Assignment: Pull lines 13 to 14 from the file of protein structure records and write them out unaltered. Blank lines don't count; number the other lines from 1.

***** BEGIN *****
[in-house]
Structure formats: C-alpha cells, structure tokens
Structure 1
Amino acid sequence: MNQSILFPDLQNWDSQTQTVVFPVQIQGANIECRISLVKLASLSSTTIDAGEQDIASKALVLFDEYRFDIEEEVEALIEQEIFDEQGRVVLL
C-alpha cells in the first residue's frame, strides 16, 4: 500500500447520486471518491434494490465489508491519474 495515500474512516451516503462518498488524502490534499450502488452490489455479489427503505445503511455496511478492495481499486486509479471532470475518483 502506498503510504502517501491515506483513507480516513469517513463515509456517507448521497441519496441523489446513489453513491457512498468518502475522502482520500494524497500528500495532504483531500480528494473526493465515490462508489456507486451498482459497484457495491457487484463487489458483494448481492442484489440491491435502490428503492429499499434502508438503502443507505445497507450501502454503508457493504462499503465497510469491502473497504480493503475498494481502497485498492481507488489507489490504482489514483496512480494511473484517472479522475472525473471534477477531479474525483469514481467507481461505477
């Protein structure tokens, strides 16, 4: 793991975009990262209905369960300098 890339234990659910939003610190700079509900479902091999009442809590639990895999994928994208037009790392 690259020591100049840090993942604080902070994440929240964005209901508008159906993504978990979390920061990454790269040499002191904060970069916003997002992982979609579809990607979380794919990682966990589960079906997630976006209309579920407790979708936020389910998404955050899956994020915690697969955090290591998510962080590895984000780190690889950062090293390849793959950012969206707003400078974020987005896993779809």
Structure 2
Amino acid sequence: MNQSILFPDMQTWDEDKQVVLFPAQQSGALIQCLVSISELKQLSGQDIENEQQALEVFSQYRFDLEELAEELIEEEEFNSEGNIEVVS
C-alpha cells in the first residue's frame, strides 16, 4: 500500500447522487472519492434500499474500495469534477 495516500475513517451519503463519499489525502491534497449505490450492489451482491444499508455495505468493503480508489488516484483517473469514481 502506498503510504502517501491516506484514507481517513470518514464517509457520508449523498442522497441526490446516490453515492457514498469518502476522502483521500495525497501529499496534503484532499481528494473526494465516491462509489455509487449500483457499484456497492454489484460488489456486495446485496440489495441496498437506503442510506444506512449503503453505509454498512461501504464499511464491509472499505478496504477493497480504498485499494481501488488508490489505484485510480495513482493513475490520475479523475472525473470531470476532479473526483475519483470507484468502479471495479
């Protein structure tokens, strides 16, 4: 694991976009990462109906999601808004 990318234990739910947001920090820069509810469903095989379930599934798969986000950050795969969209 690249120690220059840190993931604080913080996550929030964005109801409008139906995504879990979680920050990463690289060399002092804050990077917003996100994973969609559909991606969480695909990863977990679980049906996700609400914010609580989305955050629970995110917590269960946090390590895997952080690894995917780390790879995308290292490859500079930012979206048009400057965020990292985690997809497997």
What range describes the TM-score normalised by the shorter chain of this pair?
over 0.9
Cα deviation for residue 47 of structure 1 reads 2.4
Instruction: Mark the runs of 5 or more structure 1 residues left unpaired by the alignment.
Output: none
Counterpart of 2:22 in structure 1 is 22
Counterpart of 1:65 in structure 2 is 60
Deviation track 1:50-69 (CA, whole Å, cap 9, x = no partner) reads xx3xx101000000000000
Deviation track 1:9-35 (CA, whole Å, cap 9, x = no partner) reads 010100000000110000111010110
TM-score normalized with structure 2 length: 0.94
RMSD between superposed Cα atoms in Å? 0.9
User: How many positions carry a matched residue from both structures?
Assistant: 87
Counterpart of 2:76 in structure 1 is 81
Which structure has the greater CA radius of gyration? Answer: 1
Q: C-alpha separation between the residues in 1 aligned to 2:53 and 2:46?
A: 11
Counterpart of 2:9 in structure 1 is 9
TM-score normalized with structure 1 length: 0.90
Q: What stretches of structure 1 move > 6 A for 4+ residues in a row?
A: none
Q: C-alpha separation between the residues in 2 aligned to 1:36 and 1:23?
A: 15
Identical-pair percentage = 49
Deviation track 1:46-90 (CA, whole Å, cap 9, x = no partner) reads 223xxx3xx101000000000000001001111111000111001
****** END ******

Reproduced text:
Cα deviation for residue 47 of structure 1 reads 2.4
Instruction: Mark the runs of 5 or more structure 1 residues left unpaired by the alignment.